To address this gap, we used data from the School Children Mental Health Evaluation project (SCHME), a multisite school-based survey of children aged 6–11 in two Western (Netherlands and Germany) and four Eastern (Romania, Bulgaria, Lithuania, and Turkey) countries in the European region in 2010 . Although the main focus of the SCHME was on the mental health of European schoolchildren, the survey also included information about parental smoking habits, and in particular, about parental smoking at home in the vicinity of children. The present study compared Western and Eastern countries with respect to the prevalence of both maternal and paternal smoking in the vicinity of children. For context, we also compared the prevalence of any current maternal smoking in Western versus Eastern countries.
We also examined the relation of parental smoking patterns to tobacco control policies for countries in the European region. Tobacco control policies aim at decreasing tobacco consumption using a variety of approaches. Although these policies have been implemented in many countries, very few studies have focused on associations between these policies and parental smoking in the vicinity of children. This is important because many countries are engaged in costly campaigns to decrease smoking in the population, and parents are an important target of these campaigns.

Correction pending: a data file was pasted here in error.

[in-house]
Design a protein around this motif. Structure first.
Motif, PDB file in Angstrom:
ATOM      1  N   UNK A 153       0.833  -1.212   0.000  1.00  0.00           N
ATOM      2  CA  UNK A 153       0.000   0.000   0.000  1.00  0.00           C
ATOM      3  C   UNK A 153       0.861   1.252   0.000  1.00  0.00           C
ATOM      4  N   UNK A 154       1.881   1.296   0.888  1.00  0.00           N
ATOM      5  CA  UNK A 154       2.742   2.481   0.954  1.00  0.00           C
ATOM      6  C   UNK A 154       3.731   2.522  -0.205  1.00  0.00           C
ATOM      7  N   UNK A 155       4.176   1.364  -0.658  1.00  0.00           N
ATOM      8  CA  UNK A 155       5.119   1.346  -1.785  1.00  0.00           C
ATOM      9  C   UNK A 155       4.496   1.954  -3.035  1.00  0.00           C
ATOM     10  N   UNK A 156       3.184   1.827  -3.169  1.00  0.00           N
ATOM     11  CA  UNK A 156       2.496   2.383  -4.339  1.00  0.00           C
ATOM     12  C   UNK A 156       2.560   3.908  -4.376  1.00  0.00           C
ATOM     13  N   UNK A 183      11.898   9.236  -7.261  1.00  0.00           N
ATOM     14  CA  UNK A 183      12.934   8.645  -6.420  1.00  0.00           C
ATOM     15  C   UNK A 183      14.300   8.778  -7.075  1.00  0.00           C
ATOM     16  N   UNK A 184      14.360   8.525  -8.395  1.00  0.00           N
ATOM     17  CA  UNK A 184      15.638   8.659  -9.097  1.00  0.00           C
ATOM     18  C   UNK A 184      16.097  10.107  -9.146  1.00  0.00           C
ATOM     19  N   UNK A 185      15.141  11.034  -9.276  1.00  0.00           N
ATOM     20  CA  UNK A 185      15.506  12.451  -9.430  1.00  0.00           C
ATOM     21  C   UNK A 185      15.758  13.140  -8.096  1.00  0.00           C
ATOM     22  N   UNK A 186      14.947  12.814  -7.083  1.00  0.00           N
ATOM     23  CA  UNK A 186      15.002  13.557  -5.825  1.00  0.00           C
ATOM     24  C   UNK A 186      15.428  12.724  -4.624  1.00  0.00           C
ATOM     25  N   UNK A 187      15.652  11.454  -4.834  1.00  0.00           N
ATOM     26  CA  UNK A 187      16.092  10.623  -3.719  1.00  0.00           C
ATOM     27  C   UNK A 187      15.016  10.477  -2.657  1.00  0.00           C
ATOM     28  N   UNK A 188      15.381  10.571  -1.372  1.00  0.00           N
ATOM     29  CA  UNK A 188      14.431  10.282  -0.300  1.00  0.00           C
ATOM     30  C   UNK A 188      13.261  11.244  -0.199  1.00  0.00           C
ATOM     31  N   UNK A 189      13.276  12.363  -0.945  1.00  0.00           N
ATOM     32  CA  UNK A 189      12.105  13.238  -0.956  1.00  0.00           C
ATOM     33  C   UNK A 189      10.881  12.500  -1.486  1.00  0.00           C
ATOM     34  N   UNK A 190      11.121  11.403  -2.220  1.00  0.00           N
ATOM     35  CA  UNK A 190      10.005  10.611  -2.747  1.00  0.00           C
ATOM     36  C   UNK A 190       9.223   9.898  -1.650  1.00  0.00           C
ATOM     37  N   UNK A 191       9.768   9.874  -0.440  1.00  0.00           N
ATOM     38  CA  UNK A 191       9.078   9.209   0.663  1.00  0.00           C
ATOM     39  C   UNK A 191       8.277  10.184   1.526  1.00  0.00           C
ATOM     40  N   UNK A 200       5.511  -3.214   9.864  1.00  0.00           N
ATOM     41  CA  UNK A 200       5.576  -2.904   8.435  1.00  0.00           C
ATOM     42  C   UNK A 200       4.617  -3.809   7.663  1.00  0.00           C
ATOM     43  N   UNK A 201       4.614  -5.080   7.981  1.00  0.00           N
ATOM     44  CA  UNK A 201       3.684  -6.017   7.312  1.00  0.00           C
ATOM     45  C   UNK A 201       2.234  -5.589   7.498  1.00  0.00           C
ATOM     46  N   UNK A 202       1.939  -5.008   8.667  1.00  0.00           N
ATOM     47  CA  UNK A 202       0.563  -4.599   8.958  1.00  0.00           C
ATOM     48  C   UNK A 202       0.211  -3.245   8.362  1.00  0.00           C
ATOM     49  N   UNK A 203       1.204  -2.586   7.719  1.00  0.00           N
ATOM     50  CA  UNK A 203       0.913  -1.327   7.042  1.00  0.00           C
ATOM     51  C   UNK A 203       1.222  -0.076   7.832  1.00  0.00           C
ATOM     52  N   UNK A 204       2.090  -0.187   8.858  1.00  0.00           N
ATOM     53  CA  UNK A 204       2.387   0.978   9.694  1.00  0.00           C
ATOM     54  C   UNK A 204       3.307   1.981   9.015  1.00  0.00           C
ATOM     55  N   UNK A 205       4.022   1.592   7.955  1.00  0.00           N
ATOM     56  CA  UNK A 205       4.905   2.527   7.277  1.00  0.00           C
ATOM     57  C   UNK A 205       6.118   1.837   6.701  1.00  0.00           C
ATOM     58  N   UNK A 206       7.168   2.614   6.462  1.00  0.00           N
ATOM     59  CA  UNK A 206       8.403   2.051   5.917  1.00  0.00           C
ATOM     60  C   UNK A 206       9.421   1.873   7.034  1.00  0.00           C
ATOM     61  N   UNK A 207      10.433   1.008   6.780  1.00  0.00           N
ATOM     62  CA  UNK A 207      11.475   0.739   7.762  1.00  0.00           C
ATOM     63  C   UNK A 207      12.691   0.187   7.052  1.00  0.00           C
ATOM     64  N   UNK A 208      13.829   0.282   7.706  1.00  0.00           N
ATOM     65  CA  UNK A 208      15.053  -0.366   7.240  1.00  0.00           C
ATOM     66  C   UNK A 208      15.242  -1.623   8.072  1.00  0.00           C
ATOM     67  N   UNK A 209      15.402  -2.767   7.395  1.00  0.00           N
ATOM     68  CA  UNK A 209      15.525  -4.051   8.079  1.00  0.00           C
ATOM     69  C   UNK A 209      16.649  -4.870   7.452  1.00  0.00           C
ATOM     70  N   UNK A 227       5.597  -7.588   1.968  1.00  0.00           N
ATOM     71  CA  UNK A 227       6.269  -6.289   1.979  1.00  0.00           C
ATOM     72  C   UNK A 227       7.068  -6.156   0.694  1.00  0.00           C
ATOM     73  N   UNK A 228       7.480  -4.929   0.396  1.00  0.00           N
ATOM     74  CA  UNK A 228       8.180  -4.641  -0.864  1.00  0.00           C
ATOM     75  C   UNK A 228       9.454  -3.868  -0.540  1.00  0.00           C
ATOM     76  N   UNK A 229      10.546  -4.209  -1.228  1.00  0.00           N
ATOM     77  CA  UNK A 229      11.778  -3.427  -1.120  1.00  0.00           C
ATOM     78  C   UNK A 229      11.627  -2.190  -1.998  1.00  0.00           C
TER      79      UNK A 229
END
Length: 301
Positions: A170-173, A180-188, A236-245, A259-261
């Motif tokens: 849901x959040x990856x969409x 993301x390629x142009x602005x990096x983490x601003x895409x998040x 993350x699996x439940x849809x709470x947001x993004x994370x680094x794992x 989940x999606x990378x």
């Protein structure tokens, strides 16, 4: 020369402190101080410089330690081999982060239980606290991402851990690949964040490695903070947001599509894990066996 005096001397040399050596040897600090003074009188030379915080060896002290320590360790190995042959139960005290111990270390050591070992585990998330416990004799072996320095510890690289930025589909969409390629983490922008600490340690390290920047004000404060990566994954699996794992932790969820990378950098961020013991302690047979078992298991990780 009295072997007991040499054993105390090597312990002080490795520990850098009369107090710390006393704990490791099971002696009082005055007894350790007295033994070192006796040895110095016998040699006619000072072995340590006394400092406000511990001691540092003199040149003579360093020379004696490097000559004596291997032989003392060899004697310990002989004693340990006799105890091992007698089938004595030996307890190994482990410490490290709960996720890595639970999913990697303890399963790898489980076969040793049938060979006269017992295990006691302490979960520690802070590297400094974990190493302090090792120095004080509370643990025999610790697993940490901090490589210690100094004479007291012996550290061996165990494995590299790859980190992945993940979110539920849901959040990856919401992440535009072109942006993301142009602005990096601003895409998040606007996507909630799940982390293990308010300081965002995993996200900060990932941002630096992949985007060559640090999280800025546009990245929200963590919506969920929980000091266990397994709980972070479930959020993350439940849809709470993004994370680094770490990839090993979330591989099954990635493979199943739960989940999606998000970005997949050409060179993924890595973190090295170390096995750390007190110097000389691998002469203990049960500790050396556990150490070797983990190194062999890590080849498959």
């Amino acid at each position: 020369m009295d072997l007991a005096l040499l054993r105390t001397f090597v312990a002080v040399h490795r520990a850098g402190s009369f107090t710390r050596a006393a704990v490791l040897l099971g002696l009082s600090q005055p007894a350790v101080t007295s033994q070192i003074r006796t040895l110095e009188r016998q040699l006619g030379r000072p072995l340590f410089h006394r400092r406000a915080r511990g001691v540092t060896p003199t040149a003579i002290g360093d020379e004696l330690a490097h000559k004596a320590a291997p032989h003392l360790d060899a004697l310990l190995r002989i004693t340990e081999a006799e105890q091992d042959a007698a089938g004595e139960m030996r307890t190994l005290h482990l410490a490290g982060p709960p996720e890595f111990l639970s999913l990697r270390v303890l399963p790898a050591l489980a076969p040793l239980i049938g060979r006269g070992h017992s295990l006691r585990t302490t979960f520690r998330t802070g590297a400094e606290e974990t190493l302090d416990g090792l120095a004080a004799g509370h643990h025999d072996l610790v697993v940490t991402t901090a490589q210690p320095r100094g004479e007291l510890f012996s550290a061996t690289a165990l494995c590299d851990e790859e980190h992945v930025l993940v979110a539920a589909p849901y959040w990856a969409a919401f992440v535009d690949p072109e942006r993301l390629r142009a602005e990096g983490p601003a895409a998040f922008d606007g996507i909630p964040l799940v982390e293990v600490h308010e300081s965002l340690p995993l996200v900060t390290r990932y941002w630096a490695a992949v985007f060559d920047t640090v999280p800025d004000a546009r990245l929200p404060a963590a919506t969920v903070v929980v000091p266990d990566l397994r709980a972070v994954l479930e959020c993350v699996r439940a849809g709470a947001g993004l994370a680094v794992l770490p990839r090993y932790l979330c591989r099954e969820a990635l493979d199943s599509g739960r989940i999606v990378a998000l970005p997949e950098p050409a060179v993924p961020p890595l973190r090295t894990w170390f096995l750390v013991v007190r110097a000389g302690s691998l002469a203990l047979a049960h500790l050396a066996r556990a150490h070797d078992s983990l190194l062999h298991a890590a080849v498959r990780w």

The SCHME was a cross-sectional survey of schoolchildren aged 6 to 11 years and their parents in six countries: Germany, Netherlands, Lithuania, Romania, Bulgaria and Turkey. Grade schools were randomly selected in each participating country, classes were randomly selected in each school, and 6 children were randomly selected in each class. Approximately 48 children were randomly selected in each school, except in the Netherlands, where a lesser number of schools participated and therefore a greater number of children, about 120, were randomly selected in each school. To interview approximately 1000 parents, children and teachers, it was necessary to sample from 45 to 49 schools in each country. Additional information about sampling methods was included in the final SCMHE report . Parents received an informational letter and a consent form to be returned to the school. If the parents did not mail the school a consent form stating their refusal to participate, the child was included.